“I want younger generation to get a contemporary view on the relevance of Gandhi in the modern scenario”


told Dr Raghunath Mashelkar, the eminent scientist and recipient of Padma Shri (1991) and Padma Bhushan (2000) awards in recognition of his contribution to nation building. But this interview has nothing to do with his achievements as a scientist and achiever but as an author whose latest book on Gandhi has made him part of an Indian’s everyday conversation. Excerpts. Dr Raghunath Mashelkar Dr Raghunath Mashelkar’s Timeless Inspirator – Reliving Gandhi has been creating waves across the country. Ritu Goyal (RG) caught up with Dr Mashelkar (Dr M) at his office on a sunny afternoon where he spoke about what Gandhi meant to him, how the book originated in his mind and where he sees the book heading.

RG: Timeless Inspirator… is an amazing compilation and a superb product. What’s your say on this?

Dr M: Yes. It’s a world class product in terms of quality. The design of the cover has the names of the icons – it’s their book. And the infinity was chosen to exemplify the timelessness of the ideas captured in the book.

RG: How did the idea of the book originate?

Dr M: Well, I was honoured by the Australian Academy of Technological Sciences & Engineering in 2008 for which I wrote a speech on India’s greatest gift to the world in the 21st century – Gandhiji’s teachings. I spoke about Gandhian Engineering (More from less for more) and the two important tenets – affordability and sustainability. Later I wondered how an architect or scientist today would view Gandhi’s philosophy. I wanted to include a kaleidoscope of experiences that spoke of Gandhiji’s philosophy and its relevance today. Thus the idea was born.

Amazing thing about this project is that the idea was conceived in March 2010 and the book came out in October. So concept to realisation took just six months.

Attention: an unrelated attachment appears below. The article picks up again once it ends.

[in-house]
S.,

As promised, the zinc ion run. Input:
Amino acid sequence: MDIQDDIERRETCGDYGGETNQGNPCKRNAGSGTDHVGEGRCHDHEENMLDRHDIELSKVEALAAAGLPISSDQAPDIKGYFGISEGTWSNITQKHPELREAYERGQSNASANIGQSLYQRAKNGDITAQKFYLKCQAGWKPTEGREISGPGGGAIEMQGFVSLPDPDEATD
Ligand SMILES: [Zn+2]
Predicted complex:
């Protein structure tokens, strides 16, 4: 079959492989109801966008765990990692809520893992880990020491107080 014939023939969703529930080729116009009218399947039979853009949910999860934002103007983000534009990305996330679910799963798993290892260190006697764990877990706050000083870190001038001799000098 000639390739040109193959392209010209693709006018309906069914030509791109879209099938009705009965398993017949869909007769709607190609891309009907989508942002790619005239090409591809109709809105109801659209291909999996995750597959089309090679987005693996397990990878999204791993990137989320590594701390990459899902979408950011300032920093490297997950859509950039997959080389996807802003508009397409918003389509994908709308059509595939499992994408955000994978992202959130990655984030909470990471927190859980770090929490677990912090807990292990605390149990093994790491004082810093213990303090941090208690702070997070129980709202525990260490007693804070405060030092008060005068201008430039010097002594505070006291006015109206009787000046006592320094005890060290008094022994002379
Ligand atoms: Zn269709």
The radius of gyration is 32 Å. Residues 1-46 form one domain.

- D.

RG: What according to you was the strength that ensured this book was out in that short time?

Dr M: I must admit here that I had a terrific editorial team – Jayshree Shahade, Dr Triveni Goswami Mathur, Sushil Borde. I would say the contribution of people like Abhijeet (Pawar) was fantastic because when we approached him for this book it took him 10 seconds to say yes. I would say that the effort of the team in bringing this out was absolutely terrific. And finally, for the launch we decided that the last of the Gandhian that we have Mohan Dharia, who is 87 should release this book and where else but Aga Khan Palace to release this book and what other day but 2nd October to release it. The day, time was right and the release was right and there you are!

RG: What prompted you to choose these 45 icons that have been featured in the book?

Dr M: The idea was to contact the iconic achievers of the country, most of them I hold in high regard. From people like Narayana Murthy, scientists like R K Pachauri, social workers people who have done a lot for society, Abhay Bang, Dr Mohan Dharia, people like Kiran Bedi who transformed Tihar jail, sportsmen like Sachin Tendulkar, Sunil Gavaskar… a kaleidoscope. Amazingly, practically all 50 of them said ‘We can’t say No to you.’ As you can see from the list, they are the busiest of the lot. Still, all 45 of them could submit their manuscript in time. The busiest of them all, Narayana Murthy, was the first to submit.

RG: Who is your personal favourite amongst the 45 authors who’ve contributed to the book?

Dr M: (Laughs) They’re all my favourites. I cannot really single any out. All of them have also been friends by the way. People like Sam Pitroda, Sunil Gavaskar, Kiran Bedi – I’ve known for a long time. (Narayana) Murthy and I have been sort of very close. Rahul (Bajaj) is a personal friend, RK Pachauri, Pachy as we call him, is also a friend. So practically everyone out of the 45 has been very well known to me.